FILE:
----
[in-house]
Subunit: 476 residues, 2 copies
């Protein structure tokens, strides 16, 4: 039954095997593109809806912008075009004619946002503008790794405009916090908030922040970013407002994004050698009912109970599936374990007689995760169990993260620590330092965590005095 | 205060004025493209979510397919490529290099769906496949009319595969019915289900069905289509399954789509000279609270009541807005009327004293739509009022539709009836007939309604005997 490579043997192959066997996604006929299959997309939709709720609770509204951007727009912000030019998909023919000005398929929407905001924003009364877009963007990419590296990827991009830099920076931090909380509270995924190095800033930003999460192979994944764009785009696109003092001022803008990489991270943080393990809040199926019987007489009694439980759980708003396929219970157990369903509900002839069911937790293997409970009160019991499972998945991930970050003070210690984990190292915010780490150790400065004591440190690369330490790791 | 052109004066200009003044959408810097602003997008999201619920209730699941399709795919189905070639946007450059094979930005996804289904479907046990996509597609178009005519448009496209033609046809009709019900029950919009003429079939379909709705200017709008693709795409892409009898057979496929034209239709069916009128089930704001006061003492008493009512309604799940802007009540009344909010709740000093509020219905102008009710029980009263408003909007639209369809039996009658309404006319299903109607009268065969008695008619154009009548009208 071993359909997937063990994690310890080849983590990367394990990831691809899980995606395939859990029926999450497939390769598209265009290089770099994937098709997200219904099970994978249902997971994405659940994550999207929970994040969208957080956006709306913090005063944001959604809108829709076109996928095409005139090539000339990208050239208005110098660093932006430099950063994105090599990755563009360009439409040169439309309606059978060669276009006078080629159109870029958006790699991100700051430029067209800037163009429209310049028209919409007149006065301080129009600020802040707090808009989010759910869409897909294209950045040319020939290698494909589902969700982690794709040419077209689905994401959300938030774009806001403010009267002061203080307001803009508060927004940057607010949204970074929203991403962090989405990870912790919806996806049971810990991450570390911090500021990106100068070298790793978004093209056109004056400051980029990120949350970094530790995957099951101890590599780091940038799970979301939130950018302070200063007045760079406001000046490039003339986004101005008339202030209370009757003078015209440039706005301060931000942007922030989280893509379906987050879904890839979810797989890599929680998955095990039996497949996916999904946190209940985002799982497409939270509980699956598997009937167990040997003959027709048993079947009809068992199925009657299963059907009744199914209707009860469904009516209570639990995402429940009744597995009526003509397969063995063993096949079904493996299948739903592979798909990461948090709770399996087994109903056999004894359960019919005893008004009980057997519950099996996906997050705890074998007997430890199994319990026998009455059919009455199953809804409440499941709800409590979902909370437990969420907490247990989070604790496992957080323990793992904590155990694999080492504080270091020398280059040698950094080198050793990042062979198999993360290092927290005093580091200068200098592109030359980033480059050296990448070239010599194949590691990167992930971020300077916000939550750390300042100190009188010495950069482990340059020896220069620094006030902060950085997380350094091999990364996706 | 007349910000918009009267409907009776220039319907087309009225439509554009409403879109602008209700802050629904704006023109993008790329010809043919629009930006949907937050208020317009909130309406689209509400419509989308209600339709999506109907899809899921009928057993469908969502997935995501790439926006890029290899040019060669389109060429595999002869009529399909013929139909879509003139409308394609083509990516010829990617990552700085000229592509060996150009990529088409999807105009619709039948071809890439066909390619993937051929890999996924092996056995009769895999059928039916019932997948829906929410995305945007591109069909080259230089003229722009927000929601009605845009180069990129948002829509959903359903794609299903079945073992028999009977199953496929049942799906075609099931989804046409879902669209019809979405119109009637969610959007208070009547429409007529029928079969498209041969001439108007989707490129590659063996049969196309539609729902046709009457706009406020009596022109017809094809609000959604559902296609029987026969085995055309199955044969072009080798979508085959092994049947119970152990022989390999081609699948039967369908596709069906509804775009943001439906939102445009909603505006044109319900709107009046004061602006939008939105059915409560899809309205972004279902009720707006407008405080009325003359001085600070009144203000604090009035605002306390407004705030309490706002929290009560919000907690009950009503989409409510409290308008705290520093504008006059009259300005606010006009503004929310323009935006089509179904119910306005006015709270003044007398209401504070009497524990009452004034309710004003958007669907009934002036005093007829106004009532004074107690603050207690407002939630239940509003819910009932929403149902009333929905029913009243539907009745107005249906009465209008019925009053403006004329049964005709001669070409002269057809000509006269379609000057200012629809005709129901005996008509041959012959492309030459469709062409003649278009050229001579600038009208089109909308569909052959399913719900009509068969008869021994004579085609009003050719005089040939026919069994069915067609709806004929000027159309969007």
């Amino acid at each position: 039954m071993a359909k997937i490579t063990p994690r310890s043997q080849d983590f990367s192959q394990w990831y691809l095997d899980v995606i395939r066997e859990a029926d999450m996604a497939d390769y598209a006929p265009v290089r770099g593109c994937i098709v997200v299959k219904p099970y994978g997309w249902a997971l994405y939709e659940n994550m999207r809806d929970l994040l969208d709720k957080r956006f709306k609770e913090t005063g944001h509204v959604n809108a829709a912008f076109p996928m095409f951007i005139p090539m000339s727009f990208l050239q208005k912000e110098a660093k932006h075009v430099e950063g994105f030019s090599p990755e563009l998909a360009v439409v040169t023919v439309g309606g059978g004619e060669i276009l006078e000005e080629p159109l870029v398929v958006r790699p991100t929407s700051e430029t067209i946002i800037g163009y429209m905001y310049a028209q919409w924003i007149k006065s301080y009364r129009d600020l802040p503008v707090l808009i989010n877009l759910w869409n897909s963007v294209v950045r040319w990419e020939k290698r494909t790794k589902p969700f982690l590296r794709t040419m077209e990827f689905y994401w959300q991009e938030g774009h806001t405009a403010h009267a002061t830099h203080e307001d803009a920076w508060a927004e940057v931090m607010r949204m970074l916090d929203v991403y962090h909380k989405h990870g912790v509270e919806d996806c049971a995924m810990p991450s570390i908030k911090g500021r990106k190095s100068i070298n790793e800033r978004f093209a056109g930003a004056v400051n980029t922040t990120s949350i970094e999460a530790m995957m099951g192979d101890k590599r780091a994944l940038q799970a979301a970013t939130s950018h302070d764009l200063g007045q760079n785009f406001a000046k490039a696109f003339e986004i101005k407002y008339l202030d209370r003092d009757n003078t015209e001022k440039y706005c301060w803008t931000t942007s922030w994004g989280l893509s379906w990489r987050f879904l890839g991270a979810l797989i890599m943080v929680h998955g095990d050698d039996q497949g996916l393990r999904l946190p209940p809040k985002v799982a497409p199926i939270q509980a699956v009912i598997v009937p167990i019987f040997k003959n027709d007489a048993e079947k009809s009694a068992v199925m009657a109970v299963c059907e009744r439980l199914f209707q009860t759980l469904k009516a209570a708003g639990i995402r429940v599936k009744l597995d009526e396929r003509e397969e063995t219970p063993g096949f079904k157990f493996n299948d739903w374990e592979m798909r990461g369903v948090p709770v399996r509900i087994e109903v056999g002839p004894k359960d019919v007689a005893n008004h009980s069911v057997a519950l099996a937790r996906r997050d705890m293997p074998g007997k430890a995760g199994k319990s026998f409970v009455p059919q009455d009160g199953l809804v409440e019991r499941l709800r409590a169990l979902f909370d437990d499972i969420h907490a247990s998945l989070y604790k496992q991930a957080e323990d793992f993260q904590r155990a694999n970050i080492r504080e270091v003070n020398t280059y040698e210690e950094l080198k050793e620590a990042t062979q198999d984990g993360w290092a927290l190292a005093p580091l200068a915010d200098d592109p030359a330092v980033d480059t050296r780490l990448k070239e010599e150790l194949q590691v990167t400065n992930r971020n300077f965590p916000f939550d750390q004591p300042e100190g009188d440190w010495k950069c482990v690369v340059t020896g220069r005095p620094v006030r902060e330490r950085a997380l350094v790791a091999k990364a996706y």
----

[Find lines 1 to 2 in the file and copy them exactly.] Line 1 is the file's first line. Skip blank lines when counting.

[in-house]
Subunit: 476 residues, 2 copies